He encouraged people to go and get their coronavirus booster vaccines.

Chiara Giordano27 November 2021 09:28


New variant will get to UK ‘by hook or crook’, says expert

Speaking about the decision to place six countries on the red travel list, Professor Calum Semple, who advises the government as part of Sage, told BBC Breakfast: “If you can slow the virus coming into the country because you’re timed for the booster campaign to get ahead of it, and it leaves the scientists to see if there is anything to worry about, which it doesn’t seem it.

“The virus will get here by hook or crook, eventually, it will come here as people are asymptomatic, but it doesn’t mean we shouldn’t try and slow it down.”

He said he is an advocate of masks and hand-washing and said: “I feel particularly uncomfortable on public transport. I’m pro-mask in the shops and public transport. We still have high levels of coronavirus but the vaccines are working.”

Chiara Giordano27 November 2021 09:48


New vaccine to combat omicron variant could begin ‘very rapidly’, says Oxford scientist

Professor Sir Andrew Pollard, the director of the Oxford Vaccine Group, said a new vaccine to combat omicron could begin “very rapidly” if required.

He told BBC Radio 4’s Today programme: “The processes of how one goes about developing a new vaccine are increasingly well oiled.

“So if it’s needed that is something that could be moved very rapidly.”

Chiara Giordano27 November 2021 10:02


Omicron variant ‘extremely unlikely to reboot pandemic’ in UK, says vaccine expert

It is “extremely unlikely” the Omicron variant will trigger a major new wave of the Covid pandemic in the UK, a vaccine expert has said, despite the sudden return of travel restrictions.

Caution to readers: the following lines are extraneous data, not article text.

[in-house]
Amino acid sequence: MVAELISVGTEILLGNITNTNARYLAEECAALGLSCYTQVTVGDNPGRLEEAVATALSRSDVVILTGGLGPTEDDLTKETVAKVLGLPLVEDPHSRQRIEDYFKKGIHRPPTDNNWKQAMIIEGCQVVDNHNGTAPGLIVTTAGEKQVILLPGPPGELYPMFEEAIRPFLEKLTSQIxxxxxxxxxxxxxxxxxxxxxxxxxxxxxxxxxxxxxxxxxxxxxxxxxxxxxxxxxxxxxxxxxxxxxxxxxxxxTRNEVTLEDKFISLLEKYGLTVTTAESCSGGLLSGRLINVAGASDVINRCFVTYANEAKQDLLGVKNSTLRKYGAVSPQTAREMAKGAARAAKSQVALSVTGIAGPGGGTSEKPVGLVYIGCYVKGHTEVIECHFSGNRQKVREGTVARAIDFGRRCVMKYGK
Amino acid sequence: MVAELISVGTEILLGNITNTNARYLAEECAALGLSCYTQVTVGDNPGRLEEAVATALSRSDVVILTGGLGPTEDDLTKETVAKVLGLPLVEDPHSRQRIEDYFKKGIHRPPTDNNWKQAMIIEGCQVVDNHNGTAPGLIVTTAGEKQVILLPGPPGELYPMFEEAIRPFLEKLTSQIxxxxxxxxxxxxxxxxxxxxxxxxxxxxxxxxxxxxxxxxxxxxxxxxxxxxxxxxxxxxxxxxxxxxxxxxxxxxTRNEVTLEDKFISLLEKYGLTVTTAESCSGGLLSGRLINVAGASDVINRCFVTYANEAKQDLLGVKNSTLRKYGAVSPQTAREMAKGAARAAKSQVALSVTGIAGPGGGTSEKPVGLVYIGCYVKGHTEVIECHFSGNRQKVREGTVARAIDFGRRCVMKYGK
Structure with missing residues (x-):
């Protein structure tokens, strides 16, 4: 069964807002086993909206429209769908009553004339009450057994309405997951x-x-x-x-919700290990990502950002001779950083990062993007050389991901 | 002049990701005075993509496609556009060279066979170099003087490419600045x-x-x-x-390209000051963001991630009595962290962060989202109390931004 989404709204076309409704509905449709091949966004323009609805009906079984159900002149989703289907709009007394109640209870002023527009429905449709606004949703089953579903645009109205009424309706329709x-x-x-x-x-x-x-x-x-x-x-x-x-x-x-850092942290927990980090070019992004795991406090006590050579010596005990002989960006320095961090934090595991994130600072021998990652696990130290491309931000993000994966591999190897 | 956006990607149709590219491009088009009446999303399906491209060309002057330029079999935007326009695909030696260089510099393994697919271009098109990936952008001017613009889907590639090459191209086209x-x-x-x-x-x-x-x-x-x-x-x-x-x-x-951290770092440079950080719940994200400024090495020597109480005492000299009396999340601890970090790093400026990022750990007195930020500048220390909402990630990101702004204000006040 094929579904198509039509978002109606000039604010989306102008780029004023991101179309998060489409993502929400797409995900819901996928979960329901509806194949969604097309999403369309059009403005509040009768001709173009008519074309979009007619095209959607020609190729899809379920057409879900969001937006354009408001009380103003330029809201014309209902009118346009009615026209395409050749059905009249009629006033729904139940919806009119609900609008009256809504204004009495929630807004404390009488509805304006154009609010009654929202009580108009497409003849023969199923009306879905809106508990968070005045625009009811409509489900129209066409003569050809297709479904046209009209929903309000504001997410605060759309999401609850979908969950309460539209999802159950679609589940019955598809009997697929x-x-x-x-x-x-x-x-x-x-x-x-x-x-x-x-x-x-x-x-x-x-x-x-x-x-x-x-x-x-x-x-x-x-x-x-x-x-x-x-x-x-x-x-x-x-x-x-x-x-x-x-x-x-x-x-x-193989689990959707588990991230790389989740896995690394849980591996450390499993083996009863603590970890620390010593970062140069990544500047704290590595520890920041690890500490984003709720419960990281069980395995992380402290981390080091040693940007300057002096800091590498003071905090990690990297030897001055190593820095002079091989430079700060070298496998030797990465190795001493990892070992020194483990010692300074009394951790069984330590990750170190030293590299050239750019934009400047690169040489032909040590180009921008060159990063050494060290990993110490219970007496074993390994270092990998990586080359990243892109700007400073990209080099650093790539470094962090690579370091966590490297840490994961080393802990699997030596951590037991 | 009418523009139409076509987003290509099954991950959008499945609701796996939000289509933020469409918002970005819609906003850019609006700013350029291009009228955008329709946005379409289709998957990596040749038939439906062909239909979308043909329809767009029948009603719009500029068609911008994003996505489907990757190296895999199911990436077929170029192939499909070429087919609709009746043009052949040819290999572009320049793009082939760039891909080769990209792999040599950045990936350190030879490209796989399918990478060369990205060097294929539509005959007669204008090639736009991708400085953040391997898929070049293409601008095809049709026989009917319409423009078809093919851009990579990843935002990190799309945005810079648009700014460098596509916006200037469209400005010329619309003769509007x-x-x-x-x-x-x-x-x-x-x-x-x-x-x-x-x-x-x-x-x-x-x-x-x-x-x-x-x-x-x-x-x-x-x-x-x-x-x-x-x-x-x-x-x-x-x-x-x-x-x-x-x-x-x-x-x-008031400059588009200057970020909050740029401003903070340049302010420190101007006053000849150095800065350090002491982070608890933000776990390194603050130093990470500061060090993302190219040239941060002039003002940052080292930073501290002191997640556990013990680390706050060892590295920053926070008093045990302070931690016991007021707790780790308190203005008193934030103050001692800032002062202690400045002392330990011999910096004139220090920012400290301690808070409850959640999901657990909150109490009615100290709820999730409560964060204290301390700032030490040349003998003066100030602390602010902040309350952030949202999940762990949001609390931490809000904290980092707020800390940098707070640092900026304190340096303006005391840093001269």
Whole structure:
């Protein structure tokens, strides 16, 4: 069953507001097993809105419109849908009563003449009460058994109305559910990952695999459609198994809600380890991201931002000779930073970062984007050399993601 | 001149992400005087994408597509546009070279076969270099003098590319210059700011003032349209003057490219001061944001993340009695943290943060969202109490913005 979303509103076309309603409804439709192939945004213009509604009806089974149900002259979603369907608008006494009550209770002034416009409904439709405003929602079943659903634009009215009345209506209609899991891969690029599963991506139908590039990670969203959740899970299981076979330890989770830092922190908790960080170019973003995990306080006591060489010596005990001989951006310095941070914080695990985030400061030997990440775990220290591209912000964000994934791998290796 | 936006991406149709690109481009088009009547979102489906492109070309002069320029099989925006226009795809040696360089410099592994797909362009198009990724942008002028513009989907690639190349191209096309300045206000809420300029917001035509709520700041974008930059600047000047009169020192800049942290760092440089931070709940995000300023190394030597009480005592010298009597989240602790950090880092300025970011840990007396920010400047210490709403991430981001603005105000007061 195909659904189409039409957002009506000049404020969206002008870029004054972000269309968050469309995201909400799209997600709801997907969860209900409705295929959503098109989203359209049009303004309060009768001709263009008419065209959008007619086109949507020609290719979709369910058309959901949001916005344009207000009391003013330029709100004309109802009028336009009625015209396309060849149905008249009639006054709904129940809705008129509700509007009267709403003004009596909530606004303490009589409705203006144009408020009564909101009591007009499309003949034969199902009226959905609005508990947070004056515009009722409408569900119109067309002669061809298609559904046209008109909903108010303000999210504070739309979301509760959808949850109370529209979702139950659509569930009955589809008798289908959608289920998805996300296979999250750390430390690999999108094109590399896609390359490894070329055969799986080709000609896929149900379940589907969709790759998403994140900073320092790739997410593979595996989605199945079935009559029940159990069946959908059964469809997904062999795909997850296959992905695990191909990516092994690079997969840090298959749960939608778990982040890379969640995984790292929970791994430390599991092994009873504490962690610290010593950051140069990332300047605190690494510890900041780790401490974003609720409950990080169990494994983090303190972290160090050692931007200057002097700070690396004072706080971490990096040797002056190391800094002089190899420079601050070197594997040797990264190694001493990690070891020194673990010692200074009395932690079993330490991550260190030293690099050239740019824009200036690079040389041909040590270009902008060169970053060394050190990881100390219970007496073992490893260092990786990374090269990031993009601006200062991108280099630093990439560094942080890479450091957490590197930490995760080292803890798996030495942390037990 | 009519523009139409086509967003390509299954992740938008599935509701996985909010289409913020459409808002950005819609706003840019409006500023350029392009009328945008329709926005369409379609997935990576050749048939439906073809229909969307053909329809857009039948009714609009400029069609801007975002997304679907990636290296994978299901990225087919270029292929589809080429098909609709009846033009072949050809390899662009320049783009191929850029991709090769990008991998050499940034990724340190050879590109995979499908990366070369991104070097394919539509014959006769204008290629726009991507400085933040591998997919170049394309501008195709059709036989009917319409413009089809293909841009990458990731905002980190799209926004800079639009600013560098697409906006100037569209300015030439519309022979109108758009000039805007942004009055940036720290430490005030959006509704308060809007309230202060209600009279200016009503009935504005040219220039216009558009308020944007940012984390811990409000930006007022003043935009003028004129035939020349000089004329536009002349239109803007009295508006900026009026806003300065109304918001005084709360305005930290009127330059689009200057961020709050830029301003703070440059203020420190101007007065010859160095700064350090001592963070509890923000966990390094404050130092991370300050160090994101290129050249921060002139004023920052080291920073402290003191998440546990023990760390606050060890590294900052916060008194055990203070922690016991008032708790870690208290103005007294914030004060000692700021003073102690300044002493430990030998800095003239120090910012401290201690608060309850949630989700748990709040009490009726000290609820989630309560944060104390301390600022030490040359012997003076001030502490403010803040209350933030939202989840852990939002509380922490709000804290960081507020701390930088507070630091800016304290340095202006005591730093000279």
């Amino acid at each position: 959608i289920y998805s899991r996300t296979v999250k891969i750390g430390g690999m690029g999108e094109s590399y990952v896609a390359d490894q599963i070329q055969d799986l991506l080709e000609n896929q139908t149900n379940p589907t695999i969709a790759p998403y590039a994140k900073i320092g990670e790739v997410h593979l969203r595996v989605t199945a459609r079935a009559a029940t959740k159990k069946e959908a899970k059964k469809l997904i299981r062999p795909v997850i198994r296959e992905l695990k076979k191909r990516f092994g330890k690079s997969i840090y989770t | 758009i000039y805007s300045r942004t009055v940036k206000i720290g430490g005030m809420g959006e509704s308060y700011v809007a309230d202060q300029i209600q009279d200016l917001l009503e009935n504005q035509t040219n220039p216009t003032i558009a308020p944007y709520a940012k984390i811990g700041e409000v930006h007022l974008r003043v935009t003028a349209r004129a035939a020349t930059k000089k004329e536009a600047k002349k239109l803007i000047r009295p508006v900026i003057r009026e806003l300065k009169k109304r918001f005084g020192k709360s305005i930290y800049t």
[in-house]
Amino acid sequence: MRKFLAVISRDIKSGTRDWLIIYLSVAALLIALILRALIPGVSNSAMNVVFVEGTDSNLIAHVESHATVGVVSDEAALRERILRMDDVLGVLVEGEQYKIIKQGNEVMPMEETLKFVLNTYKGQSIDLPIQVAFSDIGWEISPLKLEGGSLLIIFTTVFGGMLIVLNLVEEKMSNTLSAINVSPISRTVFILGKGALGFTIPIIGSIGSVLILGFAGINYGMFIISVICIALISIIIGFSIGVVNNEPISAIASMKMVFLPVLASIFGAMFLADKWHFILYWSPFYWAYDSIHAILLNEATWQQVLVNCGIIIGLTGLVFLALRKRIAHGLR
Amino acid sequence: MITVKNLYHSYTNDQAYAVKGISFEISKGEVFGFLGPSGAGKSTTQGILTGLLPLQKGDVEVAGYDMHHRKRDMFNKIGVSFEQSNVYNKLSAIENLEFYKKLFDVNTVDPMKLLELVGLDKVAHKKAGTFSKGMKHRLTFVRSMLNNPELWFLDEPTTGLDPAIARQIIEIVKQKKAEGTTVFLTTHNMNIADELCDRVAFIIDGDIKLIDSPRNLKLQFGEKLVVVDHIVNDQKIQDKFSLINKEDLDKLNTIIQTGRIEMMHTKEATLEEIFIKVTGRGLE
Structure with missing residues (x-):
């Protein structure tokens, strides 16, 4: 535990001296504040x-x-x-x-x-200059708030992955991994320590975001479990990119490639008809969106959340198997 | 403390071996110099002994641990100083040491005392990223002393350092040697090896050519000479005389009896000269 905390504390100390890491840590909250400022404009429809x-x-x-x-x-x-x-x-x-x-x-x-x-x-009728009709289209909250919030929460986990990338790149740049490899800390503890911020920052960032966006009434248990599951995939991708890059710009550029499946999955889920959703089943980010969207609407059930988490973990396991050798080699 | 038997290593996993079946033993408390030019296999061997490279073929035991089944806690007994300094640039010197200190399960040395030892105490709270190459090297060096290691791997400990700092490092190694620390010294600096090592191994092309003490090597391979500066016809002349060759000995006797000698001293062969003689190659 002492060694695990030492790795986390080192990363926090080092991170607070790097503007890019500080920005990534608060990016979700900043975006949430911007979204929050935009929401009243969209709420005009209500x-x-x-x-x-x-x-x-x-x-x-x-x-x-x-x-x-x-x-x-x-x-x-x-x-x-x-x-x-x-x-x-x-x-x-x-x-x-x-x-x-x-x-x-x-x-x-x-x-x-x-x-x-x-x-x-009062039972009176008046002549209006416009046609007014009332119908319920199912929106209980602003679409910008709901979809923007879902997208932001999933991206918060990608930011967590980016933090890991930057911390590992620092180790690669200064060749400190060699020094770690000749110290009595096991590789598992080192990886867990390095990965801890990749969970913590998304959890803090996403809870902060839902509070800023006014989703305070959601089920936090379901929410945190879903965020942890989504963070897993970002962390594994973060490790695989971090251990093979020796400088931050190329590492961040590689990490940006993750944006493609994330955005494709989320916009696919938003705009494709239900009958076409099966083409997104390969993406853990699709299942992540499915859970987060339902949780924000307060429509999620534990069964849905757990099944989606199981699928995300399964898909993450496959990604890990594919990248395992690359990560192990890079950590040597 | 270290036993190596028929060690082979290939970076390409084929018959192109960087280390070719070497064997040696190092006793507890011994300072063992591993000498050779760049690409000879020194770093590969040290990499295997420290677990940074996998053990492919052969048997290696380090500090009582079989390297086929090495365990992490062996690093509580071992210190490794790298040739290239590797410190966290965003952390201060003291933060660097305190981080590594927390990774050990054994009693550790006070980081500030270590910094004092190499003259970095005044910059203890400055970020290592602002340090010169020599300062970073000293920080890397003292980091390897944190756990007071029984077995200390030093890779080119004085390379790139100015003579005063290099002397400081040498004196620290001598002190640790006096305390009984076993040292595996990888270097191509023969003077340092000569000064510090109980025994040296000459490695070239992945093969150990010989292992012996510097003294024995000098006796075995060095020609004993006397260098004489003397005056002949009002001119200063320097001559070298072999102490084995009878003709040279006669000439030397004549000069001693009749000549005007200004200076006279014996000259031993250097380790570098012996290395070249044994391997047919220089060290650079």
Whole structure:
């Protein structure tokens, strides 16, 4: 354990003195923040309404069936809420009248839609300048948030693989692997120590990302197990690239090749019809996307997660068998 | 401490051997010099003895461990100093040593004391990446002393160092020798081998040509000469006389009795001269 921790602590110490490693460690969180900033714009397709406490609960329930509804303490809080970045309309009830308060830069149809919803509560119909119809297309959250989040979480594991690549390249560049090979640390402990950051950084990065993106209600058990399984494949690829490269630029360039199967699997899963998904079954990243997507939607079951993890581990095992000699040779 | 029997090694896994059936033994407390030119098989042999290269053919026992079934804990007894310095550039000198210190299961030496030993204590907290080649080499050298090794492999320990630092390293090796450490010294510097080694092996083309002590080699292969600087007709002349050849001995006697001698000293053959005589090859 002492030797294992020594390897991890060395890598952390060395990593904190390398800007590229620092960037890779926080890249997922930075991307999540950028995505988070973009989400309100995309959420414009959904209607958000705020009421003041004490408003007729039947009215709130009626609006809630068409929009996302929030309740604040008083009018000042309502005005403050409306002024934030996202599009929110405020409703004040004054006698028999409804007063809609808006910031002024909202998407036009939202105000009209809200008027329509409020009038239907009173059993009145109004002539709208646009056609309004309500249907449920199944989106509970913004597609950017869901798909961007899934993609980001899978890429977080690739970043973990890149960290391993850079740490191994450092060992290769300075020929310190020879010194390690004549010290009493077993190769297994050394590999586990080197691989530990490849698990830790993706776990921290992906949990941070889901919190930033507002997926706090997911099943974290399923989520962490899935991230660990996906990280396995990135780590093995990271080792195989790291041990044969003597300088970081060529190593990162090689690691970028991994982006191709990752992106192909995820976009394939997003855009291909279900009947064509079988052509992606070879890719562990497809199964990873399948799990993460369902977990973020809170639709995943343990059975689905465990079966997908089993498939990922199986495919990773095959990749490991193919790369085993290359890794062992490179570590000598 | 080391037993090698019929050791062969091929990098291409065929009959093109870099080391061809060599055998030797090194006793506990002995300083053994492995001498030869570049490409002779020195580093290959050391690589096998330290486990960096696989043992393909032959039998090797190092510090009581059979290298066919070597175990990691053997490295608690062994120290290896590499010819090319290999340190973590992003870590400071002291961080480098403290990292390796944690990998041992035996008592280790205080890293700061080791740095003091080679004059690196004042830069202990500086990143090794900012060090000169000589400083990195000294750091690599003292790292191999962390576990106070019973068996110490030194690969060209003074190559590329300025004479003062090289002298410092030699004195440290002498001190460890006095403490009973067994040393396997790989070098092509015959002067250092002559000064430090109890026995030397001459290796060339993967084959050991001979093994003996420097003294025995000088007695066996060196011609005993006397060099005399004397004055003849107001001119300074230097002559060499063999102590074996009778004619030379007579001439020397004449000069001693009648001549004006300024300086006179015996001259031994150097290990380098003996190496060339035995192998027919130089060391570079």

Professor Andrew Pollard revealed his “optimism” that current vaccines will continue to prevent serious disease – and suggested Omicron will not outrun the dominant Delta variant in Europe.

Our deputy political editor has the full story:

Chiara Giordano27 November 2021 10:22


Expert cautiously optimistic existing vaccines could prevent serious disease from omicron variant

Professor Sir Andrew Pollard, the director of the Oxford Vaccine Group, expressed cautious optimism that existing vaccines could be effective at preventing serious disease from the Omicron variant.

He told BBC Radio 4’s Today programme that most of the mutations are in similar regions seen in other variants so far, adding: “That tells you that despite those mutations existing in other variants the vaccines have continued to prevent serious disease as we’ve moved through Alpha, Beta, Gamma and Delta.

“At least from a speculative point of view we have some optimism that the vaccine should still work against a new variant for serious disease but really we need to wait several weeks to have that confirmed.

“It’s extremely unlikely that a reboot of a pandemic in a vaccinated population like we saw last year is going to happen.”

Chiara Giordano27 November 2021 10:36


Labour calls on government to boost UK’s Covid defences

The Labour Party has called on the government to boost the country’s Covid-19 defences after a new variant was discovered in South Africa.

The new strain – designated Omicron – has been named as a “variant of concern” by the World Health Organisation.

Health secretary Sajid Javid said the government was still following its Plan A for managing Covid-19 this autumn, but Labour is calling for more to be done.

A Labour spokesman said the party is asking the government to carry out four steps to “redouble their efforts to protect the public through strengthening the country’s vaccination programme”.

It wants the date people are eligible for booster vaccines to be brought forward to five months, immediate clarity on whether people under 40 will be eligible for a booster and from when, immediate clarity from the JCVI (Joint Committee on Vaccination and Immunisation) on the rollout of the vaccine to children under 12 and a plan to ensure all hospitals have an adequate supply of antiviral drugs.

Chiara Giordano27 November 2021 11:06